With the swearing in of Alma Adams, D-NC, on November 6, there are now 100 women in Congress. It’s the triple digits, a century club. And come January that number could shoot up to a whopping 105. It’s a big moment for women who have historically inched up the ranks in politics. But it’s not much to brag about.
“In terms of relative gains, it was a pretty crumby election cycle.” said Jennifer Lawless, a government professor at American University. “Sure breaking into triple digits represents a symbolic accomplishment but we were at 99 before.”
Women make up just 20 percent of Congress --a pretty far cry from the distribution of women in the overall workforce: almost 47 percent.
The new female members who will join Congress following the lame duck session are Senators Joni Ernst, R-IA, and Shelly Moore Capito, R-WV, as well as at least 10 new female members in the House, six Democrat and 4 Republican.
There are many reasons why there aren’t more women in Congress. For one, the Republican Party’s overwhelming success in the midterms.
“Because we continue to see more Democratic than Republican women running, years like this one when Republicans do well don’t yield major gains for women,” Debbie Walsh, director of the Center for American Women and Politics at Rutgers University, said in a statement. “While Republicans won big across the country, women remain seriously underrepresented among GOP officeholders.”
Another reason why women are only making small gains in politics, in both political parties, is a relative lack of interest in running.
In 2012 there were 334 female candidates who signed up to run in primaries, according to data from the Center for American Women and Politics at Rutgers University. This year, there were just 277-- a 17 percent decrease.
The Brookings Institution recently released report co-authored by Lawless found that the road ahead for female politicians is pretty bleak.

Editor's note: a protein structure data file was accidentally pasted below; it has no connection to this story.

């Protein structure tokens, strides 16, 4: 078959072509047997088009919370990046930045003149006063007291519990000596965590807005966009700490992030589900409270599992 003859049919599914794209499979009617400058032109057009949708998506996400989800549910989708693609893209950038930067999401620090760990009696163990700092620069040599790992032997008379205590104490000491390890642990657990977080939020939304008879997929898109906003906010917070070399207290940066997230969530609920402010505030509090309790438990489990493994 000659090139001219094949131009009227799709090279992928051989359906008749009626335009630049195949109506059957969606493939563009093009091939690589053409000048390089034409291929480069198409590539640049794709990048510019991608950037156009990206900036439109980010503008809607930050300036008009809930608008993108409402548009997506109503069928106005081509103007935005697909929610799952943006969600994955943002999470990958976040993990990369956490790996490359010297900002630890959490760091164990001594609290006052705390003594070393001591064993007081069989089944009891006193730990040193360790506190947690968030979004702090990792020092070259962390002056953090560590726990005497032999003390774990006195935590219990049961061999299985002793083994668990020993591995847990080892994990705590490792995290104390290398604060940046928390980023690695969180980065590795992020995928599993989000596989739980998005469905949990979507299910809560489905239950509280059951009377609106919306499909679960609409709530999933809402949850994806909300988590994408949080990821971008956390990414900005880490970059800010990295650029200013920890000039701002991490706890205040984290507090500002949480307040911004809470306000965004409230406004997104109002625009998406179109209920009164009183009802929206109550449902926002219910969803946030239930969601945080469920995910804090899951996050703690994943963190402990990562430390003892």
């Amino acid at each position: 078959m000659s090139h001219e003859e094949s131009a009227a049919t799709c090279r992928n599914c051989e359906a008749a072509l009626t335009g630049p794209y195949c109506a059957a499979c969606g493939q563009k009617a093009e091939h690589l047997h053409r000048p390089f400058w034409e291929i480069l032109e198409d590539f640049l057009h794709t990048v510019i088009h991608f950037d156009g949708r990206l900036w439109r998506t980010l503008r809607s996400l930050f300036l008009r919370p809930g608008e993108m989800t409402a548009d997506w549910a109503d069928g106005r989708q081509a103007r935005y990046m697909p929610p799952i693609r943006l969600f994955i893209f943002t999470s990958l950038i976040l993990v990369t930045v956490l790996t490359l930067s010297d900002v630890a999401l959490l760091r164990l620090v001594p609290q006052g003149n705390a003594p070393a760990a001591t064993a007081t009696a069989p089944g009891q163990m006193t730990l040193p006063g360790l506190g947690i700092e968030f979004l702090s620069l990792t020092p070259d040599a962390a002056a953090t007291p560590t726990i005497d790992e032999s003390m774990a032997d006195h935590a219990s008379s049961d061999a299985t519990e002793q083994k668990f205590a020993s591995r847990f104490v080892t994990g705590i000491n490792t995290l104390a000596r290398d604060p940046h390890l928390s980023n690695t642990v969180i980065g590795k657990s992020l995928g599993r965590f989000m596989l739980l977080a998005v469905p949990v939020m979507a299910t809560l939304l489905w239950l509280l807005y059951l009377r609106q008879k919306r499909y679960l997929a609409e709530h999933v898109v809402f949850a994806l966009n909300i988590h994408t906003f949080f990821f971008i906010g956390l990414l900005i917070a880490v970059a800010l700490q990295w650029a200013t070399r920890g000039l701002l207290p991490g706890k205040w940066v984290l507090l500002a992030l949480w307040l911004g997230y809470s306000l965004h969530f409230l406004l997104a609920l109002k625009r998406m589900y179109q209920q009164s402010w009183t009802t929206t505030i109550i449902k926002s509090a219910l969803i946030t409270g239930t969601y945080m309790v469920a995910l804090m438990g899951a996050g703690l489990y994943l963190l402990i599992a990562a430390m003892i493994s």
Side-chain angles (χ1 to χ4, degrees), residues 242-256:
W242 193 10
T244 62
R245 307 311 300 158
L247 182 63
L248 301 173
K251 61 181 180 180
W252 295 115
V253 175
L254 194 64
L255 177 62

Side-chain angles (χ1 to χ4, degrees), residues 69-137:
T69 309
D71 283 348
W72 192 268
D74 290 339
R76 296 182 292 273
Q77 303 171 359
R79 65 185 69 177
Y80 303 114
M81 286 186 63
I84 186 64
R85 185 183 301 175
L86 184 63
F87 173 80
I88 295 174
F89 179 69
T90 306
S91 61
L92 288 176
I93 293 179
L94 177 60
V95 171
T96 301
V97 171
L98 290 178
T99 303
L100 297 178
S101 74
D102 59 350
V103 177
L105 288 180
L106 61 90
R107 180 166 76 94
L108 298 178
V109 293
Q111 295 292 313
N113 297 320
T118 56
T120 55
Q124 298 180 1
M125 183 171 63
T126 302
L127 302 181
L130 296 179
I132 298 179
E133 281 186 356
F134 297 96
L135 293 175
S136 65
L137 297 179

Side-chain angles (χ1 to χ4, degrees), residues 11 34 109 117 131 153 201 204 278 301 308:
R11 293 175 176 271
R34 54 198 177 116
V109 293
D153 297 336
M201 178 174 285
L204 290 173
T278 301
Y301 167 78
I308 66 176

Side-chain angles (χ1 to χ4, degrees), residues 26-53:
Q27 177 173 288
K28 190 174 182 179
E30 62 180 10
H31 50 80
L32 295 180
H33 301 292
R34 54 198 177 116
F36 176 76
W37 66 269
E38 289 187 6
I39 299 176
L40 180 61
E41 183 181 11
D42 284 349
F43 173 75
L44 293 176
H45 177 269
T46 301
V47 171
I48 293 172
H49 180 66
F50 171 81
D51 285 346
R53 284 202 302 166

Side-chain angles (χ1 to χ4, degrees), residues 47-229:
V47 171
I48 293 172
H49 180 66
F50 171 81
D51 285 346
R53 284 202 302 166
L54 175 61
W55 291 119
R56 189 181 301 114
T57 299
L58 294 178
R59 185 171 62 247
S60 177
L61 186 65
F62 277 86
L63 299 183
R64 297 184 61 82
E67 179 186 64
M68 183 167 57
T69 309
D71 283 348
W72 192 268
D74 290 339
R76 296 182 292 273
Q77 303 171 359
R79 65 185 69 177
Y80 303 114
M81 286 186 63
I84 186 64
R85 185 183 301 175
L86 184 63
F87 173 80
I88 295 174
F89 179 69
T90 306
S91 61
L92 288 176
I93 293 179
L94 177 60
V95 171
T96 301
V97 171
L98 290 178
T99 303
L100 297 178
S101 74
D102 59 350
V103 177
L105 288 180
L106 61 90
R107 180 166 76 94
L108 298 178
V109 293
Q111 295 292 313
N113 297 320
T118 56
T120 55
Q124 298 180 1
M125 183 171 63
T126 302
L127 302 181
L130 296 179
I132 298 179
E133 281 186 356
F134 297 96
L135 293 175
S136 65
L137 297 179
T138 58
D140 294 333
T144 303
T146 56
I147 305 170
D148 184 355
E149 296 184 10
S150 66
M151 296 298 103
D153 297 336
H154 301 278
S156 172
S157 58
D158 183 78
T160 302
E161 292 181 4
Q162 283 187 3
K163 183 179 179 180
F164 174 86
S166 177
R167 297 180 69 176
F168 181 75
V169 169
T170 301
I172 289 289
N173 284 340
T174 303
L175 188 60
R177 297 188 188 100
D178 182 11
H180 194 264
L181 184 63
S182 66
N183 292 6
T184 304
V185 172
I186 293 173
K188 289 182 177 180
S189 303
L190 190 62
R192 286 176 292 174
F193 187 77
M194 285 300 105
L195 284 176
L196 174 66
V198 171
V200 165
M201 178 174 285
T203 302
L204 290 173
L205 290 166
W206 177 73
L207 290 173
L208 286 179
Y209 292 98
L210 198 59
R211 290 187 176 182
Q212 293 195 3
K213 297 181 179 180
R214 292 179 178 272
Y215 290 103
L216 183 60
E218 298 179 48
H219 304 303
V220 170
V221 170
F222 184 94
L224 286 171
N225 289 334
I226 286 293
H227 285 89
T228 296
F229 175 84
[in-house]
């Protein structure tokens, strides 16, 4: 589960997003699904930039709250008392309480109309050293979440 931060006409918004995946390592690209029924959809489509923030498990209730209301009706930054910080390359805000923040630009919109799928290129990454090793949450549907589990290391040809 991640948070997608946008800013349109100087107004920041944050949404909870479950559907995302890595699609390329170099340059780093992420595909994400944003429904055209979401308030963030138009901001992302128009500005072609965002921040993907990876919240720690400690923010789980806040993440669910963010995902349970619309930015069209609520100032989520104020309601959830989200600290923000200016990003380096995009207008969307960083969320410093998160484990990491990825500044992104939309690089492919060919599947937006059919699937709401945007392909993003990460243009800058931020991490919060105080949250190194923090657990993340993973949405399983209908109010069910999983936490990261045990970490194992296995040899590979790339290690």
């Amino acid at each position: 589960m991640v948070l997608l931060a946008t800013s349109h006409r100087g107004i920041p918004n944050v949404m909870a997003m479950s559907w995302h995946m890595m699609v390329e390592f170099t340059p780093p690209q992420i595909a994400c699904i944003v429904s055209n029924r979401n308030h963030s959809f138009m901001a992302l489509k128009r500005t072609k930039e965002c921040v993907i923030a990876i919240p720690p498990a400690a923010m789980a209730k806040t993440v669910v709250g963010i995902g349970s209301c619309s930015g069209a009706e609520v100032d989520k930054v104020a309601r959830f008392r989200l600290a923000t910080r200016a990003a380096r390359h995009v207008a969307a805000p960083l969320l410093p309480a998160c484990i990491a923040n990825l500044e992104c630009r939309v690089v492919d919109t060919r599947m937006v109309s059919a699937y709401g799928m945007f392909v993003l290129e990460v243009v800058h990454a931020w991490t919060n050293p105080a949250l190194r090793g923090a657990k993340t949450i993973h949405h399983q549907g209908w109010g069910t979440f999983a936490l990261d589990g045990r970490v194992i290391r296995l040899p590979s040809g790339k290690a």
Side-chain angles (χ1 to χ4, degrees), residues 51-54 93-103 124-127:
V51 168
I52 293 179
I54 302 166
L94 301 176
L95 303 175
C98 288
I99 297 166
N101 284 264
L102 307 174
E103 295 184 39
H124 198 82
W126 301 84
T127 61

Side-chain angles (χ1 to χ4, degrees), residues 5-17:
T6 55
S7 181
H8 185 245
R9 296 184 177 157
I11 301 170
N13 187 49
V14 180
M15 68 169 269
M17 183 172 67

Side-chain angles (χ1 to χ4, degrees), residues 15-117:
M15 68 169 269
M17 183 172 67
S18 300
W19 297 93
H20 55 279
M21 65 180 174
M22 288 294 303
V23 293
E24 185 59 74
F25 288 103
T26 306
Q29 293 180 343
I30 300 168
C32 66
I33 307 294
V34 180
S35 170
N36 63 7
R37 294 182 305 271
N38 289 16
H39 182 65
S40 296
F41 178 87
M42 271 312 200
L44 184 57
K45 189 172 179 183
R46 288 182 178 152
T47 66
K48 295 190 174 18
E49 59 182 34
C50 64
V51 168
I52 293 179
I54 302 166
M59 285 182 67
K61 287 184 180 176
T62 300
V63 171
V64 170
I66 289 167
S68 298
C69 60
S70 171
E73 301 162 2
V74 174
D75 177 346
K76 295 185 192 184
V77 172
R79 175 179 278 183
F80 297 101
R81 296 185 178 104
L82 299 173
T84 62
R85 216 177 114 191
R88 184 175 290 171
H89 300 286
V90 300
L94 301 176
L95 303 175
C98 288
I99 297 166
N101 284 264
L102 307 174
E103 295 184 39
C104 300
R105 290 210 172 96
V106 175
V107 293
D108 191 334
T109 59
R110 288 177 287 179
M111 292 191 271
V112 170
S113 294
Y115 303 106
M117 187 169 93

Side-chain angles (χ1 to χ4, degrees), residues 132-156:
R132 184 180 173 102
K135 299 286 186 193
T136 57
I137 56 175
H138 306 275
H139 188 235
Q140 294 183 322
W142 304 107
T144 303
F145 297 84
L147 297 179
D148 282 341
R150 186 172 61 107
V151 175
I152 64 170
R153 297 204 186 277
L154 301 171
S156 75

“They are not running for office,” said Lawless. “Study after study has found that when women run they are just as likely to win elections and fundraise and the media responds to them in the same way. The biggest impediment is we just don’t have that many candidates.”
The reason for this, she found, are numerous. Women either have less political ambitions, are intimidated by the process, or have more self-doubt.
“Women with the same credentials as men don’t self-assess that way and are more likely to be held back by their self-doubts,” said Lawless. “A man who self-assesses as unqualified, is more likely to still run.”
That perception does not bode well for either party—especially Republicans, as Washington Post Reporter Aaron Blake notes:
“The idea that the party that is already so reliant upon white voters is also increasingly reliant on men—and has far fewer women members of Congress than Democrats—isn’t a helpful image as Republicans try to expand their brand.”
Midterm losses this year for both Democrats and, in turn, the majority of new women candidates running, suggest an uneasy road ahead for women. Coupled with the slow pace of recruitment from both parties, and it seems the number of females in Congress won’t skyrocket anytime soon.
“We’re not going to see bigger strides until there’s a systematic effort to recruit more female candidates,” said Lawless, “We might see an uptick of one two or three each election cycle—but there’s nothing to suggest that that’s a top priority for either party.”